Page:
DeAnn Kelsey, Granite Education Foundation warehouse assistant, sorts fresh food donations into boxes for specific schools at the warehouse in South Salt Lake on Wednesday. A new program will offer fresh, healthy food to families in need in the Granite School District, which officials say has faced an ever-growing issue of food insecurity with the pandemic’s progression. (Kristin Murphy, Deseret News)
SOUTH SALT LAKE — A new program will offer fresh, healthy food to families in need in the Granite School District, which officials say has faced an ever-growing issue of food insecurity with the COVID-19 pandemic’s progression.
Over 35,000 students and their families in the central and south Salt Lake County school district — more than half of the district overall — live at or below the federal poverty level, district leaders said.
“The need already existed before COVID, about 54% of our students are on free or reduced lunch, so before COVID the need was there,” said Kim Oborn, food program coordinator with the Granite Education Foundation.
“With COVID, the need has grown with families needing more assistance, and the challenges of trying to serve the families through COVID was complicated, as many of our pantries were closed. But we still found ways to make that happen. There’s been a lot of requests to have fresh food items and other things, so we tried to listen to those requests and kind of add a little more variety, add some healthy options to give to our families,” Oborn said.
The Granite Fresh Food program — made possible in part by commercial freezers and refrigerators purchased with emergency pandemic funding — will for the first time bring perishable staples like milk, eggs, cheese, yogurt, beef and chicken to 19 participating Utah schools.
And Oborn says any family with students in the district is eligible — no proof of need will be required to pick up essential groceries at a school.
Granite’s food assistance program began several years ago and has grown a bit each year, Oborn said. But a “huge” amount of growth happened within the past few years.
“We’ve really tried to add to our food pantries and to our options and tried to serve more students and schools,” she said.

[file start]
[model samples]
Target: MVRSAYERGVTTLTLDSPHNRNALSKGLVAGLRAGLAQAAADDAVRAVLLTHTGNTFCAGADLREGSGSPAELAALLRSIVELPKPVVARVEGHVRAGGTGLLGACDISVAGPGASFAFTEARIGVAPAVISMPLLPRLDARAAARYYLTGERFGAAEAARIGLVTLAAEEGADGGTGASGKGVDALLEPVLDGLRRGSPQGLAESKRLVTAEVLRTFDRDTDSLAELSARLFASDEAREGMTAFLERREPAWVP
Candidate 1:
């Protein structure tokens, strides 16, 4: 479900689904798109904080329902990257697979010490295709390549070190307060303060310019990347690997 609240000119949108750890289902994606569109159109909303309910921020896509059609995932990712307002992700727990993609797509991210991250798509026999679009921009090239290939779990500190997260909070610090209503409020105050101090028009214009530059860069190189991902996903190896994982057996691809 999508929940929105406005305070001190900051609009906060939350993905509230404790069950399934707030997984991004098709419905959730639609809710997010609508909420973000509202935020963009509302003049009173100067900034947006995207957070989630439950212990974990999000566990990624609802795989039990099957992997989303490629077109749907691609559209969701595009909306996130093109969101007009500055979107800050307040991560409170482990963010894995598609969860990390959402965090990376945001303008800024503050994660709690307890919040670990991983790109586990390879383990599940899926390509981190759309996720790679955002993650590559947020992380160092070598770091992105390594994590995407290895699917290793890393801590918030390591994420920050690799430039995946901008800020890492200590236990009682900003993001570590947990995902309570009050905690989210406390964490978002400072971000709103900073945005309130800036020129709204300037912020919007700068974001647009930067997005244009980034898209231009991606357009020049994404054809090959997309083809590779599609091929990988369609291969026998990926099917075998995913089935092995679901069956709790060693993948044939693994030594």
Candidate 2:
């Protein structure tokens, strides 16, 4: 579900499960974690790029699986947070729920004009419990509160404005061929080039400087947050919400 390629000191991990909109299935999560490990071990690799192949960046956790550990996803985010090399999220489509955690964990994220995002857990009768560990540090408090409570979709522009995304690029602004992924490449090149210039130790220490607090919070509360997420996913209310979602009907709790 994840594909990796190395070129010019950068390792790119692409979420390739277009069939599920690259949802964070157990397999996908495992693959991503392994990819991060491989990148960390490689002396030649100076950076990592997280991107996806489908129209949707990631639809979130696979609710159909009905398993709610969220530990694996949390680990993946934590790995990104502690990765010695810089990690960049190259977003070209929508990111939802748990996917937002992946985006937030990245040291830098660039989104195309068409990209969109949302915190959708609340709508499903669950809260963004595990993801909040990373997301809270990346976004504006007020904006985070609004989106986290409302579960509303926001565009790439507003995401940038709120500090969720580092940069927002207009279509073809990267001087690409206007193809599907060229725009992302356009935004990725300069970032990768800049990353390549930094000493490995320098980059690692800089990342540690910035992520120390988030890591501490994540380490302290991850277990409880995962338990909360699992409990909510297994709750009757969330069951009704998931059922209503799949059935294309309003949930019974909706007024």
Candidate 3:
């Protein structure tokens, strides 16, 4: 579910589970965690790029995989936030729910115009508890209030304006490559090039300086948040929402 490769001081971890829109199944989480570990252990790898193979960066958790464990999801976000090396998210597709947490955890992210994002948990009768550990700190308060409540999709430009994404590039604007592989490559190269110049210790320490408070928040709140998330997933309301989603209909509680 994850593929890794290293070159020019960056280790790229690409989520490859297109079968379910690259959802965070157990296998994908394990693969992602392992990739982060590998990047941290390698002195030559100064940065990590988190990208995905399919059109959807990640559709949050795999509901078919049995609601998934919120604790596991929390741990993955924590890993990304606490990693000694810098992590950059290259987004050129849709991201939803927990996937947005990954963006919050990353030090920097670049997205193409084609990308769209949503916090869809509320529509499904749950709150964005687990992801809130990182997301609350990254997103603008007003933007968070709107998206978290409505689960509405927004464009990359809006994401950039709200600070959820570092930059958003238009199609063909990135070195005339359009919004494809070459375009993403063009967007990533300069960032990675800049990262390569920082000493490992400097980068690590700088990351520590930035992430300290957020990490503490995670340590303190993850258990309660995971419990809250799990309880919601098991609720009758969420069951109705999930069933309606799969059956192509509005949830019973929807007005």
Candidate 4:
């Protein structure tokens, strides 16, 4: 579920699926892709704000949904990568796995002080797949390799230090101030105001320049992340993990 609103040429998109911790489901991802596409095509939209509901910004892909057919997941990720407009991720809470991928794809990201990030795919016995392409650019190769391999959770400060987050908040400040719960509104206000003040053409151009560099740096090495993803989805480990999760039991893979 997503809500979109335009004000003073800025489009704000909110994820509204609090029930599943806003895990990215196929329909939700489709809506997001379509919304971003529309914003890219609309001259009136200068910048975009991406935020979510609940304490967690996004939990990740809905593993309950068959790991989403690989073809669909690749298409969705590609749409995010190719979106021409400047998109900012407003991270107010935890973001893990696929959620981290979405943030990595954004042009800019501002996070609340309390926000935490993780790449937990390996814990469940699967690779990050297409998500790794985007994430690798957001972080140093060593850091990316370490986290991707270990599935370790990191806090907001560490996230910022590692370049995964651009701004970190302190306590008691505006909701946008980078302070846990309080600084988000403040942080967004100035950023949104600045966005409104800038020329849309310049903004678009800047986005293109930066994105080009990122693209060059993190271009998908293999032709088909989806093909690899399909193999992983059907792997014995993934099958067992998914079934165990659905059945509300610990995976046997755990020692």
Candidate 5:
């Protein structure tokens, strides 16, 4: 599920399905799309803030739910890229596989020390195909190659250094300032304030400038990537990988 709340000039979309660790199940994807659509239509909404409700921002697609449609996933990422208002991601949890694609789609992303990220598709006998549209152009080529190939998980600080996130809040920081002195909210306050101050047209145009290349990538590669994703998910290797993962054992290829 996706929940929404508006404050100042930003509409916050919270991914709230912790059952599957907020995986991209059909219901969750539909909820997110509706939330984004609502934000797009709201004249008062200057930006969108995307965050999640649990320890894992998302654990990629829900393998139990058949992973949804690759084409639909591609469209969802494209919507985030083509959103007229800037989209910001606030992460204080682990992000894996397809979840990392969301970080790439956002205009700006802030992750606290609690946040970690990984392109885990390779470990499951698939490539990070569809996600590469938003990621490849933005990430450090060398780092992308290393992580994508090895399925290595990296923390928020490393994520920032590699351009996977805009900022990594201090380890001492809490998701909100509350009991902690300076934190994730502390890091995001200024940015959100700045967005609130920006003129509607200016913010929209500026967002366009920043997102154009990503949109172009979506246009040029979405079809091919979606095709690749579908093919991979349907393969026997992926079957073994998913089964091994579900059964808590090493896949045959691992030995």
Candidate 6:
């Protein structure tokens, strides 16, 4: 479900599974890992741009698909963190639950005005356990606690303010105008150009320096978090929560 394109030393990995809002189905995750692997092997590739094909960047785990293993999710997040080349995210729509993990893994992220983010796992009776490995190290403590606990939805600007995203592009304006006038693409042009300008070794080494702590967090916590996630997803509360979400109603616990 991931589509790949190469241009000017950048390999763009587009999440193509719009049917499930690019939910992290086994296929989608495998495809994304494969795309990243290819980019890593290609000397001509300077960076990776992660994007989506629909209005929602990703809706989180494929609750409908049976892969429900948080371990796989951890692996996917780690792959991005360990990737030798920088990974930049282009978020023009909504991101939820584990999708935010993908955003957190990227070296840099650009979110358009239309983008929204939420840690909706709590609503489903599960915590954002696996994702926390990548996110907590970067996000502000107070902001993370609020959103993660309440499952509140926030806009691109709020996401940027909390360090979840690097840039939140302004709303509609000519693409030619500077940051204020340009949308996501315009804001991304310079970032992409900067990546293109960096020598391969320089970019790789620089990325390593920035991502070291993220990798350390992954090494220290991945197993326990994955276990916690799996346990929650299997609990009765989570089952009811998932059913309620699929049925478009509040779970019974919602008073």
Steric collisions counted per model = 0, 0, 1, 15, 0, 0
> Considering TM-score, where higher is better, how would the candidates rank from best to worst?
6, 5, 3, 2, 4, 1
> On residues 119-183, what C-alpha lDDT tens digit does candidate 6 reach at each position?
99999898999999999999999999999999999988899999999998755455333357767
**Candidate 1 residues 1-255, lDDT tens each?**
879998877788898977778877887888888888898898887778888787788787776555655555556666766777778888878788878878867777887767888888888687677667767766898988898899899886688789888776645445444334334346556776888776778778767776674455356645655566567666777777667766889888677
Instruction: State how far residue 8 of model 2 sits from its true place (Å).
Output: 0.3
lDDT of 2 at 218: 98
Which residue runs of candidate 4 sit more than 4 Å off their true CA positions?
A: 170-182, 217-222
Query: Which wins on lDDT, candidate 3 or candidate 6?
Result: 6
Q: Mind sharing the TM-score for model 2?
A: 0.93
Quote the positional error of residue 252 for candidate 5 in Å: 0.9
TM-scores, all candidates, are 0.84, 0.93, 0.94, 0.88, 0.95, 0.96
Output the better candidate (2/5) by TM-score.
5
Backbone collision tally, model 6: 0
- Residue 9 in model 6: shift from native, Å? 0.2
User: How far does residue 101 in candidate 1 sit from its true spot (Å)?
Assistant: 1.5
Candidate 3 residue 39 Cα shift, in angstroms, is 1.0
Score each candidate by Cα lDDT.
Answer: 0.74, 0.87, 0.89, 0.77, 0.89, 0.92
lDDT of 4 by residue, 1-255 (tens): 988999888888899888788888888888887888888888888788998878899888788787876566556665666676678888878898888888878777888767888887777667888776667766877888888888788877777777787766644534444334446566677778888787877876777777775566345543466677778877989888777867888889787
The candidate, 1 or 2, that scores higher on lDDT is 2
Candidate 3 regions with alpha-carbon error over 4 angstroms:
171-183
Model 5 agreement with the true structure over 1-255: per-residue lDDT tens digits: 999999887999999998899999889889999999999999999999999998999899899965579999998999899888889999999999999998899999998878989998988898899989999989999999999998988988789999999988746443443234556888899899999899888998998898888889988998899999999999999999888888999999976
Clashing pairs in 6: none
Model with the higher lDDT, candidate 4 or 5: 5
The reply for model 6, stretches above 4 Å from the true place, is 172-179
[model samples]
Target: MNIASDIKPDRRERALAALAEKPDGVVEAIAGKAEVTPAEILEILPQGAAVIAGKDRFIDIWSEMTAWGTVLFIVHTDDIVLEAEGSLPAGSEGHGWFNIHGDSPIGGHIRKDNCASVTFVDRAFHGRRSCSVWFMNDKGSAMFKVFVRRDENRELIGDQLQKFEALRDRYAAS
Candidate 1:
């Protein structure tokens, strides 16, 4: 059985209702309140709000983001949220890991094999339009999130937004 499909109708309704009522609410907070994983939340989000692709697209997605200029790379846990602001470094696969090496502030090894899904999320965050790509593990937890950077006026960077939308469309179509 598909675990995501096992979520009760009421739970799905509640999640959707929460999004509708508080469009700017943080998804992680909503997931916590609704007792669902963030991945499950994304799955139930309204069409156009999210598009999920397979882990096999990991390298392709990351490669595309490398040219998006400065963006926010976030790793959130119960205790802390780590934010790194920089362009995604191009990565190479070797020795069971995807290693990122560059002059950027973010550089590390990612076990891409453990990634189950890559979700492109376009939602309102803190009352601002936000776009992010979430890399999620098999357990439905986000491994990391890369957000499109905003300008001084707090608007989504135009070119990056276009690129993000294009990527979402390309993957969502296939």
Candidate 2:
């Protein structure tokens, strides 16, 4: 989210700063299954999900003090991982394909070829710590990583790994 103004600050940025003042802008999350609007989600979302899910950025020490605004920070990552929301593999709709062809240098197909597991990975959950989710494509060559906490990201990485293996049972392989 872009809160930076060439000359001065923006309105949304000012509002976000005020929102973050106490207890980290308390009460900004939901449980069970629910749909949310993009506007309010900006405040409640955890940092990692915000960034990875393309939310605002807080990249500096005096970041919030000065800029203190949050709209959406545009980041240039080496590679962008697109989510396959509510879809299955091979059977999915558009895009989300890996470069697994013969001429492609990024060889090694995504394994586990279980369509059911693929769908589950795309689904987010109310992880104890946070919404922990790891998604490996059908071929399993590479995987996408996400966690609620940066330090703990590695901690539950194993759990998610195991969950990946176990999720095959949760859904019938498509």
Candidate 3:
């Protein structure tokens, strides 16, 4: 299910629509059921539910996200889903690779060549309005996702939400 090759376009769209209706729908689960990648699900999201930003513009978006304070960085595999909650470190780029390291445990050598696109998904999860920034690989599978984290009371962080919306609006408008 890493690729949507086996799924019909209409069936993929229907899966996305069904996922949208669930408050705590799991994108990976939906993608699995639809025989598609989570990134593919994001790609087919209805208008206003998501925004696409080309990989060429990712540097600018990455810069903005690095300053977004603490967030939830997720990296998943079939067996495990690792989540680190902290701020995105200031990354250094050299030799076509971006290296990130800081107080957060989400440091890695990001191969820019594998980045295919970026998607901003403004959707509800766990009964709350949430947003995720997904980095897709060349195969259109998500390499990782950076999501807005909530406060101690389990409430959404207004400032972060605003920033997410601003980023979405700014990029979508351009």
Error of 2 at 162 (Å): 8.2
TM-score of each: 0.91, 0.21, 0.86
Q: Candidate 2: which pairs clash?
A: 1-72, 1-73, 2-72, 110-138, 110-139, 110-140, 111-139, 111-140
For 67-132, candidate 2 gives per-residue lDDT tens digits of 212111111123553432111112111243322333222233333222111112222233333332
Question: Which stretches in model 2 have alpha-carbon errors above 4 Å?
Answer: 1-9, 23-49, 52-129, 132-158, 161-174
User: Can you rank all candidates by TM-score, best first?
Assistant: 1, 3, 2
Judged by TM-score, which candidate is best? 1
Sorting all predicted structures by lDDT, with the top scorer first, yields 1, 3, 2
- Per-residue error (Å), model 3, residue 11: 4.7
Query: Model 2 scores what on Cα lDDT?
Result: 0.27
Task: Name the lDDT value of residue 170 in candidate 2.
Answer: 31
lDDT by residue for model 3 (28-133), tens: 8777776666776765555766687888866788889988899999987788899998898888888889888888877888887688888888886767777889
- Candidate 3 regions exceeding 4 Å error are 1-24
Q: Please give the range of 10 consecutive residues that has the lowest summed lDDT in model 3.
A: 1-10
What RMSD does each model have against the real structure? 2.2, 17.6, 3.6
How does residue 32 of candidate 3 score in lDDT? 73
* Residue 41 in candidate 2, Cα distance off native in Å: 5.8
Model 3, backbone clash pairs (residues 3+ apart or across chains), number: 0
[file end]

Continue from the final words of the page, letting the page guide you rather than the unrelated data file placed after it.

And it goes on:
Last year, the program provided food to between 8,000 and 10,000 people each month during the school year. Families can come in to pick up food once per week.
“There isn’t any restrictions or qualifications for a family, and in many instances we will serve any student at the school. … They will come sometimes just to pick up a snack after school, if they’re staying for a sporting or sport practice or other event, so it’s really just geared to meeting the needs of the students and families within Granite School District,” Oborn said.
Before the new Fresh Food program, the food assistance program offered some fresh food stored in pantries or unused classrooms but the capacity for storing perishable food was limited. After purchasing the new refrigerators and freezers with a grant, the Granite Education Foundation spent the last several months designing the new donor-funded program.
Oborn is working with grocery stores like Smith’s and Sam’s Club, food distribution company Sysco, as well as the Bishops’ Storehouse of The Church of Jesus Christ of Latter-day Saints.
“So they are all helping,” she said. “I’ve made purchases through each of these organizations to buy the items that we’re putting in our fridges and freezers.”
The program, Oborn said, aims to decrease barriers for families to eat healthily.
“Part of that challenge for those with food insecurity and coming to food banks is the limits on fresh food and delivering that fresh food, worrying about the fridge and freezer and ensuring that it’s at proper temperatures is a challenge, and so by increasing the items that we’re providing, it will allow our families to have options when they’re preparing meals more than a can of soup or a box of mac and cheese,” she said, adding that, even when making boxed macaroni and cheese, one still needs butter and milk.
“And so adding these extra options really will allow our families to have an opportunity to make healthier meals, to make good, healthy choices, to have fresh food. We’ll be adding some produce into those options, and simply adding eggs provides a lot of options for families with baking and/or cooking. Many different cultures use eggs in their dishes, so that’s one of the main items that we’ll be adding into our fridges and freezers,” Oborn added.
To her knowledge, the program is one of the first of its kind.
Many school districts offer nonperishable food assistance to families or work with community pantries to serve their students, but challenges with storing and distributing perishable food make programs like Granite’s fresh food initiative less common.
“We’re kind of just figuring things out as we go along,” Oborn said.
United Way is helping recruit and bring volunteers to help sort and load the produce when it gets delivered on Wednesdays to the district’s warehouse each week. Shipments then go on two refrigerated trucks to each participating school on Thursdays.
Anyone interested in receiving food from the program will find “nonjudgmental” help, Oborn said.
“We’re not here to determine who’s in need, we’re just here to serve and to provide the food, so they can focus on their academics, on getting to school, on doing well and for them to accomplish their goals and move forward in life,” she said.
“If we can normalize the food pantry and just make it part of the structure of the school, then it kind of takes away the stigma that exists with food pantries, and friends will be like, ‘Let’s go down to the food pantry and see what they have.'”
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